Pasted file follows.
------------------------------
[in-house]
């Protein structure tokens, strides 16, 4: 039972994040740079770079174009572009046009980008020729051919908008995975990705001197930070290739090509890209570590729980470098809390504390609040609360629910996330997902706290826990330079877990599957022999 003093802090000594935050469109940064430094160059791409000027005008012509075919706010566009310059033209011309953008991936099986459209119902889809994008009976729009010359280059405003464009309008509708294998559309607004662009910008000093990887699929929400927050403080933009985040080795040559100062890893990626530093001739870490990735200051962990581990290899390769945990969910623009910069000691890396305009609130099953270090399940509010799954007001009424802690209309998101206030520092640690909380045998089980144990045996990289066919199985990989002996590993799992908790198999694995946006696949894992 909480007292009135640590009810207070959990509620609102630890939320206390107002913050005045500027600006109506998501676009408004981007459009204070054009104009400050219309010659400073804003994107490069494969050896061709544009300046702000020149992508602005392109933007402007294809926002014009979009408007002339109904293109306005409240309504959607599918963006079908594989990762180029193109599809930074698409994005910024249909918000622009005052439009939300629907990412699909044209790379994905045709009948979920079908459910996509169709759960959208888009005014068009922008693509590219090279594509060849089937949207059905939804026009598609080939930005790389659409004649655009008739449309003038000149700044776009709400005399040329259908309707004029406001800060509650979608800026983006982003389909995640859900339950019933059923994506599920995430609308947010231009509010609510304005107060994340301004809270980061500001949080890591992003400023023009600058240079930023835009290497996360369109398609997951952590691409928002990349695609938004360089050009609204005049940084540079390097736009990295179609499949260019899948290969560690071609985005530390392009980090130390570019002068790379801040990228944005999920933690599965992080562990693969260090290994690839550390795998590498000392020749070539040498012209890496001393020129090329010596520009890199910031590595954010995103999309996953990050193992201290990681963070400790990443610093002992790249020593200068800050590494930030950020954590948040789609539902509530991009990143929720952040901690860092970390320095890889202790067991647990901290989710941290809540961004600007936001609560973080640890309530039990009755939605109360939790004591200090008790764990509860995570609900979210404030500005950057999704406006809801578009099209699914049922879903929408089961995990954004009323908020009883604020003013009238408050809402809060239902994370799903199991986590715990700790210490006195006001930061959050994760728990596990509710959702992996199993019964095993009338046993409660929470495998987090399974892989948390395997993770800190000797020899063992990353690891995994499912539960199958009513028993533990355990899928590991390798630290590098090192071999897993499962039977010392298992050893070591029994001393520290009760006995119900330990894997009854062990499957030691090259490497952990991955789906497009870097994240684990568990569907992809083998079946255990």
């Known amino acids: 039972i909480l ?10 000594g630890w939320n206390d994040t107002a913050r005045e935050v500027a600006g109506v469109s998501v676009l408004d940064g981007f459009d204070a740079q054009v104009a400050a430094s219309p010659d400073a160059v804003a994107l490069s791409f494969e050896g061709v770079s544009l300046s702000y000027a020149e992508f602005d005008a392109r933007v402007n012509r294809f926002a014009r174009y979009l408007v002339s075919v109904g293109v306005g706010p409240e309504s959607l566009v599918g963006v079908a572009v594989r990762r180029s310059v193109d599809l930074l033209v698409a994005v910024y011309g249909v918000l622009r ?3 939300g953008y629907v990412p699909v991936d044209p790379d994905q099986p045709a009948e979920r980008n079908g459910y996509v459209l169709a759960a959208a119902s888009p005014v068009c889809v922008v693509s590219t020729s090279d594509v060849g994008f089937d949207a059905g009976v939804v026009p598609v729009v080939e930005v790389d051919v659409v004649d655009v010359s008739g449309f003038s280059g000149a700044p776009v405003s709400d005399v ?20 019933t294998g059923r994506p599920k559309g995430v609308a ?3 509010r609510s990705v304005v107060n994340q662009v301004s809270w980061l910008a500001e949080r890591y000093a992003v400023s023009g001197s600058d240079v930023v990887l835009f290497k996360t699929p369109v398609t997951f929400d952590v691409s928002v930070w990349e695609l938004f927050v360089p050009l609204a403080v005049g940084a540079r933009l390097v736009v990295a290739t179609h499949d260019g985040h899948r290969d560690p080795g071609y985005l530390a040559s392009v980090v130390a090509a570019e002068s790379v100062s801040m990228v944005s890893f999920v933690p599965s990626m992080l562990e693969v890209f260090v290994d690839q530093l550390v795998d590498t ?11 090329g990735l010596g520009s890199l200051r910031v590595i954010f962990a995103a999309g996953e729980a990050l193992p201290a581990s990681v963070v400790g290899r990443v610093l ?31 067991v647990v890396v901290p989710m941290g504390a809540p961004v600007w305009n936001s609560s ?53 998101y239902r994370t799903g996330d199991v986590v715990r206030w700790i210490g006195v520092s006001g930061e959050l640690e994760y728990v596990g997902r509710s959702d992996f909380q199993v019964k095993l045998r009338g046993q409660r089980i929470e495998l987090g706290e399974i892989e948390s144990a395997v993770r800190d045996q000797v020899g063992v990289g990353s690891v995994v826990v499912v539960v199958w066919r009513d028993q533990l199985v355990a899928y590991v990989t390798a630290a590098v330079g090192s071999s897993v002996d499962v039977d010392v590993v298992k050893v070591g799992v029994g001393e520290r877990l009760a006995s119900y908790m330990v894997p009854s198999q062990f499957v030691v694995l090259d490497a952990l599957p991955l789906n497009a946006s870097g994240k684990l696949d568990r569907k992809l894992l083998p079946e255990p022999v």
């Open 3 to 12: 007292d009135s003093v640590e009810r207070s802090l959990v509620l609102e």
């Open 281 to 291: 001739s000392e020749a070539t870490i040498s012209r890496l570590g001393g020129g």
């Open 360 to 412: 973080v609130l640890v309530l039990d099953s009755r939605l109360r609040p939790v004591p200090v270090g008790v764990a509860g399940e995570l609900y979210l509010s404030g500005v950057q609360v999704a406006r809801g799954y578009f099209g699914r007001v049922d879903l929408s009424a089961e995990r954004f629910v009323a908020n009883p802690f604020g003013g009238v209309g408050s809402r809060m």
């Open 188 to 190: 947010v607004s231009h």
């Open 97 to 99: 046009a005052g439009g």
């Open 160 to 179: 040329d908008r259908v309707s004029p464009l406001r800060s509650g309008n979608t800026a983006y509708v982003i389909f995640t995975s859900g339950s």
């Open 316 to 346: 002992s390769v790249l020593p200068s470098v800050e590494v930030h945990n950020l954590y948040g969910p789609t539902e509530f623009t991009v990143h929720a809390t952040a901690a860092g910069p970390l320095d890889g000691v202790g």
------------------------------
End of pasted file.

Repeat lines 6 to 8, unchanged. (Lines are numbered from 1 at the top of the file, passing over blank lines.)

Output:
């Open 360 to 412: 973080v609130l640890v309530l039990d099953s009755r939605l109360r609040p939790v004591p200090v270090g008790v764990a509860g399940e995570l609900y979210l509010s404030g500005v950057q609360v999704a406006r809801g799954y578009f099209g699914r007001v049922d879903l929408s009424a089961e995990r954004f629910v009323a908020n009883p802690f604020g003013g009238v209309g408050s809402r809060m």
């Open 188 to 190: 947010v607004s231009h």
């Open 97 to 99: 046009a005052g439009g």